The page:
Majority satisfaction with City’s provision of services
When asked to “rate the job the City of East Lansing does in providing basic city services to its residents,” 28% of poll respondents rated it excellent, 53% pretty good, 14% fair, 3% poor, and 2% were undecided or declined to answer.
That comes to 81% feeling positive about the City’s provision of services, with only 17% feeling negative.
Asked whether they believe local taxes and fees compare to the services received, a total of 47% said they were about right. By contrast, 43% said they were too high, 5% said too low, and 5% were undecided or declined to answer.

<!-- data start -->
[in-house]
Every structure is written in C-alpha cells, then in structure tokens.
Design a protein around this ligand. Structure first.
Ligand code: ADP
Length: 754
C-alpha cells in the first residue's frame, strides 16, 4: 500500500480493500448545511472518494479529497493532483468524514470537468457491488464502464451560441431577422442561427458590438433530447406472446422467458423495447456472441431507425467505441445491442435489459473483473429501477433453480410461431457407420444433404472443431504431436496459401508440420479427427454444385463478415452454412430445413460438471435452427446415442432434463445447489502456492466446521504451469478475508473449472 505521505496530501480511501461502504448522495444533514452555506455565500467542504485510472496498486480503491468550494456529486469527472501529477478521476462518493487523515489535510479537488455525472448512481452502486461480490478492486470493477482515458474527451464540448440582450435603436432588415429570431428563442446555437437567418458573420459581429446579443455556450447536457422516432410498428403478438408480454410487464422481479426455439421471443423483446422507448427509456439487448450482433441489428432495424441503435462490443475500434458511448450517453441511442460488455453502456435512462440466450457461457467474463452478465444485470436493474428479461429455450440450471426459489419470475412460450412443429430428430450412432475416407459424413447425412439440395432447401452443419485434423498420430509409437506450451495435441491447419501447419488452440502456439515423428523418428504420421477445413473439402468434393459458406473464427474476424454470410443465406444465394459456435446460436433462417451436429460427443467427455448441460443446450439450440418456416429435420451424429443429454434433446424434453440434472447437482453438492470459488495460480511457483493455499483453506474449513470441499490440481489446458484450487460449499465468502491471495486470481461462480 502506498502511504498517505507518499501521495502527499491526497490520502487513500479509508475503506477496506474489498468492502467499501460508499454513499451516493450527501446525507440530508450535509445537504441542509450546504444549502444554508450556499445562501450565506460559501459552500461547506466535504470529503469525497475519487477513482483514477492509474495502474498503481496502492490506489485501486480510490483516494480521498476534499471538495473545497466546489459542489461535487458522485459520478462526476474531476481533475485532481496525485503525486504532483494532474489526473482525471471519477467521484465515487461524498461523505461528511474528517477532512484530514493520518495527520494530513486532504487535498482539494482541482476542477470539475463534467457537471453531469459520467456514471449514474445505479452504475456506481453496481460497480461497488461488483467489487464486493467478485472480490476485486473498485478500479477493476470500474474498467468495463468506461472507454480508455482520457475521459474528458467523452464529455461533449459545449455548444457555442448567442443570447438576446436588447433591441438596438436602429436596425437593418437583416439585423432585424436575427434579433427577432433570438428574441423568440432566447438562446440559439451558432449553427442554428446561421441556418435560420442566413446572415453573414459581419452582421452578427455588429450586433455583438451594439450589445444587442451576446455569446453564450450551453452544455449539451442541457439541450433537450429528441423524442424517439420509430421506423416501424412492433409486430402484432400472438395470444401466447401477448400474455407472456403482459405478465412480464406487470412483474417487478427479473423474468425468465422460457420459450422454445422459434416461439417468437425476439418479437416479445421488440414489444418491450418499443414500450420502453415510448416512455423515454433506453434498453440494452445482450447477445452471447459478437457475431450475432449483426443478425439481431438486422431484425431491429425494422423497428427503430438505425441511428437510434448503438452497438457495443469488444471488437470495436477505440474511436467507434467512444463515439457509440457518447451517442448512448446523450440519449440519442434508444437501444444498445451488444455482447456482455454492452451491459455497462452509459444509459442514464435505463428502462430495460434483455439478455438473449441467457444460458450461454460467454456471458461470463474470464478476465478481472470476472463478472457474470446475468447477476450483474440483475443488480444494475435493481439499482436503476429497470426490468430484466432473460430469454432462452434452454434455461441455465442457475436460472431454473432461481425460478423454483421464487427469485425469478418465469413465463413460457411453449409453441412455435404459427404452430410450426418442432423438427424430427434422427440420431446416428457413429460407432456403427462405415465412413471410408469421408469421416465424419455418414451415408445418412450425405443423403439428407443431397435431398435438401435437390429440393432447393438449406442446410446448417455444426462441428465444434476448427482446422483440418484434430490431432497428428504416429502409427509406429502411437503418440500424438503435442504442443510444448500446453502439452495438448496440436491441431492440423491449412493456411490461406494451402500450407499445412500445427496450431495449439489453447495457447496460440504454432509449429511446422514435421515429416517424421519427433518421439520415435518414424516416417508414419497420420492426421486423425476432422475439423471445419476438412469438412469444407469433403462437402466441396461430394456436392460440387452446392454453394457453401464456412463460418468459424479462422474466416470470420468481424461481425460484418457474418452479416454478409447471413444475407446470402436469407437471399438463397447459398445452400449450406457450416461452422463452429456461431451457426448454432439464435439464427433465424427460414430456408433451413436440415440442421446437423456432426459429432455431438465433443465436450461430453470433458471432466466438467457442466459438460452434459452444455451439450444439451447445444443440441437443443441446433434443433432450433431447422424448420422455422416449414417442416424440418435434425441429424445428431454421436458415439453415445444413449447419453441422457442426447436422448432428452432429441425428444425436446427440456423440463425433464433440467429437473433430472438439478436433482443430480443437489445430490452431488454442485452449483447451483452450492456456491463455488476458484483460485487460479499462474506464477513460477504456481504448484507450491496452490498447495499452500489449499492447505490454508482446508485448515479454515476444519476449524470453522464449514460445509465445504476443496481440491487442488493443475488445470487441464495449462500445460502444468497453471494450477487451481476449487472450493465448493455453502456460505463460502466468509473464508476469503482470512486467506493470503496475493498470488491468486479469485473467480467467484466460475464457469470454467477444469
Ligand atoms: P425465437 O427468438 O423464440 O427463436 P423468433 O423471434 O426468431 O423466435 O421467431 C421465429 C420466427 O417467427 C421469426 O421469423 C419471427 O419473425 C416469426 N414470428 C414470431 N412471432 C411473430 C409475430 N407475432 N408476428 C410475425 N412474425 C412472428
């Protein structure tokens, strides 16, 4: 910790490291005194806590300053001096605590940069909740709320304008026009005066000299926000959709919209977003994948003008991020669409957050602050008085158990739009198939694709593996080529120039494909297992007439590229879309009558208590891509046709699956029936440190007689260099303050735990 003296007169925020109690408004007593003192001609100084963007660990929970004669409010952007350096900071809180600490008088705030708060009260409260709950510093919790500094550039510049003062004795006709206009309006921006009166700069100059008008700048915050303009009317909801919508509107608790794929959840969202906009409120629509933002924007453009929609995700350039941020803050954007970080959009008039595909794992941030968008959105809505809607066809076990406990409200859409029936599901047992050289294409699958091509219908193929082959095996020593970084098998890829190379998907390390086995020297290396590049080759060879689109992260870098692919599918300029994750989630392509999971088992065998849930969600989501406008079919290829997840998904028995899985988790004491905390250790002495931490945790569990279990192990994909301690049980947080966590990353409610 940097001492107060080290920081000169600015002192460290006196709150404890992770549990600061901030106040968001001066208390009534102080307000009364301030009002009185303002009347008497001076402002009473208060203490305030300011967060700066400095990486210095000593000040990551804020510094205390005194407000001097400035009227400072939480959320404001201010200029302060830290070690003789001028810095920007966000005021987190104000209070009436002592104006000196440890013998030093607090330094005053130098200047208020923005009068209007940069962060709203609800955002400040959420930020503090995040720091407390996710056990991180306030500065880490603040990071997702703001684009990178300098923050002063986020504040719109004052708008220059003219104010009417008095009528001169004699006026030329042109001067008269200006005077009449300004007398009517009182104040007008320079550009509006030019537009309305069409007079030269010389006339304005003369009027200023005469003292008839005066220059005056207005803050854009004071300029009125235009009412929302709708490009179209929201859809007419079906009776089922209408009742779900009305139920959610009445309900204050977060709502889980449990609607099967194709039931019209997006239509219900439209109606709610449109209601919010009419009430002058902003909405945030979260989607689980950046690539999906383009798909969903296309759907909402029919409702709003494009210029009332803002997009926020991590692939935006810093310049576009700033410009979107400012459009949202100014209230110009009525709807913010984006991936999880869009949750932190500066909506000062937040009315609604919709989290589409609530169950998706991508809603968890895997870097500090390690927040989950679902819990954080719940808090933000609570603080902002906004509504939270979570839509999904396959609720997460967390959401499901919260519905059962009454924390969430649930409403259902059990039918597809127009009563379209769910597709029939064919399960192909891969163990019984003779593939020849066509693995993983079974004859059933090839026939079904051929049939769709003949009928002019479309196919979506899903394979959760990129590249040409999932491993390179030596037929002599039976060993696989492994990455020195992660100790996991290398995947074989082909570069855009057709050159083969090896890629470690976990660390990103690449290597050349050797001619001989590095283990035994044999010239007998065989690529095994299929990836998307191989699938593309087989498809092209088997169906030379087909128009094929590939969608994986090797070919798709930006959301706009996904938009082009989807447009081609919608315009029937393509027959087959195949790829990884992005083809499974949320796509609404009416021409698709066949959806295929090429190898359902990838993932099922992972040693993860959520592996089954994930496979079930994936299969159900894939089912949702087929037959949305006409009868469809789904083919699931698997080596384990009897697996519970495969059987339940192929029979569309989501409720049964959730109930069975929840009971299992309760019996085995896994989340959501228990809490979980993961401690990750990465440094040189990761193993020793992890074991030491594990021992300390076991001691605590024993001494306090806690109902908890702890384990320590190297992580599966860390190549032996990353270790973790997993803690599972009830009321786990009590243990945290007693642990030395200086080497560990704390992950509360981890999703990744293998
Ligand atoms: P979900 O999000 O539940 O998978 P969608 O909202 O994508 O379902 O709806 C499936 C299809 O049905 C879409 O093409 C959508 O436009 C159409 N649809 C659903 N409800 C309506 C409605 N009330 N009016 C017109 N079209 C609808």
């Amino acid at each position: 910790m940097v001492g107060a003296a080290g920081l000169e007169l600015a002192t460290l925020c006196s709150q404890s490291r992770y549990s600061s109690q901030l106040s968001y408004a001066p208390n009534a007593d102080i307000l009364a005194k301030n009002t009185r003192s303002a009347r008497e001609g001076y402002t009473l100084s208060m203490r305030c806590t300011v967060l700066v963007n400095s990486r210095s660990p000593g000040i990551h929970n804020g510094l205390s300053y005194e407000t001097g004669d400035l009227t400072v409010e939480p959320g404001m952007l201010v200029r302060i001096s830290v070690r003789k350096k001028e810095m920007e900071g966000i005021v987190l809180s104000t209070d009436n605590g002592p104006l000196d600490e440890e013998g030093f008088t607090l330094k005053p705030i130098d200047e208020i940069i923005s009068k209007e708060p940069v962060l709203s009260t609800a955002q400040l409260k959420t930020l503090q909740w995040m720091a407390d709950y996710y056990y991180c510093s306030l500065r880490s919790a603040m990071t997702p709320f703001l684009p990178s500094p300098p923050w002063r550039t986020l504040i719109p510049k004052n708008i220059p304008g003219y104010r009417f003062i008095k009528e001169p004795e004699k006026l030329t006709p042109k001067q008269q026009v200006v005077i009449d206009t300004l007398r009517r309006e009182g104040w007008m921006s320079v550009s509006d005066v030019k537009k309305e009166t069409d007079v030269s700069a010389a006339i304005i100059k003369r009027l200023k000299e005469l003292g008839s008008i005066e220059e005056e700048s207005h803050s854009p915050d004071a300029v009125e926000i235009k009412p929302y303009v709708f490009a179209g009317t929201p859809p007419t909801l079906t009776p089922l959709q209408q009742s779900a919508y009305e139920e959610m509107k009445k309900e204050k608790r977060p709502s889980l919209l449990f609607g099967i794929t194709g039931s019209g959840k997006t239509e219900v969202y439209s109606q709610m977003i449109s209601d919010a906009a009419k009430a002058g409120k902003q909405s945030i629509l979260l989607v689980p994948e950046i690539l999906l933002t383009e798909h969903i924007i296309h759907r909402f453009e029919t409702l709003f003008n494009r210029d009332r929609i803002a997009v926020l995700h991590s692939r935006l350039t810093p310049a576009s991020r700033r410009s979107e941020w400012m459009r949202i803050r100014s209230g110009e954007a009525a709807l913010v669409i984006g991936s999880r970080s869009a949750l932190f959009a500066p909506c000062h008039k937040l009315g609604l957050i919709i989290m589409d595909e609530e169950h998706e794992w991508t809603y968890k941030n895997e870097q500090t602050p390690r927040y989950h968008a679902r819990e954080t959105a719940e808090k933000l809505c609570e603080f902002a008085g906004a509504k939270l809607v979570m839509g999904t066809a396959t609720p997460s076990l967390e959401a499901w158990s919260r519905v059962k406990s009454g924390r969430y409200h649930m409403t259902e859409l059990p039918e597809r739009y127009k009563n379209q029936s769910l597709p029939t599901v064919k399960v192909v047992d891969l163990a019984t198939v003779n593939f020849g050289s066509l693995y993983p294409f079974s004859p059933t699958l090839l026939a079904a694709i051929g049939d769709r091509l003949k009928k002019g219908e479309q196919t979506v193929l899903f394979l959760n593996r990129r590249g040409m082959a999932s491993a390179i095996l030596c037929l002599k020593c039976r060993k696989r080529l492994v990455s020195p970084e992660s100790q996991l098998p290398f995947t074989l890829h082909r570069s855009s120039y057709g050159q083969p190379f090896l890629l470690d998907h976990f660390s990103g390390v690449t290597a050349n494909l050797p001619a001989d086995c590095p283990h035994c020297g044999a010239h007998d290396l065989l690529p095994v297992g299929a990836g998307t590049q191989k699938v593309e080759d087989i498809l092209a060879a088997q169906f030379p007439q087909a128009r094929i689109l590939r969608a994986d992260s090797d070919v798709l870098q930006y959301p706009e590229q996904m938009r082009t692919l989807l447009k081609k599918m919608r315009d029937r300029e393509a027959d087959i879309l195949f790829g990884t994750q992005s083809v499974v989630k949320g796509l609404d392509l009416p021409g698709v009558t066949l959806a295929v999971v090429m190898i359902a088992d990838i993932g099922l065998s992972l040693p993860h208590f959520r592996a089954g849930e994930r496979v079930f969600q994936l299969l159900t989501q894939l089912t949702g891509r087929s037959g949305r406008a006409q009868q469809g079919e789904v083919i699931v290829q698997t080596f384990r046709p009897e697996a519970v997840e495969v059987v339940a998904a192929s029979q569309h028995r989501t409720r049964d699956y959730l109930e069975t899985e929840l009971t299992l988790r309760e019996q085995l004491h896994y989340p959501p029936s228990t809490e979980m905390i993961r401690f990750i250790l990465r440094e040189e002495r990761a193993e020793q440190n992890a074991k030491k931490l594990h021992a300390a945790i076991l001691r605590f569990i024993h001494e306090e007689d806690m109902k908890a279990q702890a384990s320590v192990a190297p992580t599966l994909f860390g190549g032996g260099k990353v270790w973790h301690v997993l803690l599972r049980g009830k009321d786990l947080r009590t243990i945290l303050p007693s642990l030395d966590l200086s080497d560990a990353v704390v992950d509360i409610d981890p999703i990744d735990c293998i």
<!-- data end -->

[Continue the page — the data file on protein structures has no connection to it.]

An income tax is preferred over a property tax increase, and dedicating funds is preferred
When asked whether they would support a property tax increase that would result in East Lansing property owners paying about $270 more per year for every $50,000 in taxable value, 68% indicated to pollsters they’d be likely to vote “no” on such an increase, with 25% leaning “yes.”
Taxable value is about half of market value, so respondents who are property owners may have thought this hypothetical tax increase would cost them twice what it really would. Nevertheless, consistently throughout the poll, respondents favored an income tax over a property tax increase. Respondents preferred doing a limited income tax, for example, for no longer than 12 years unless voters approved an extension.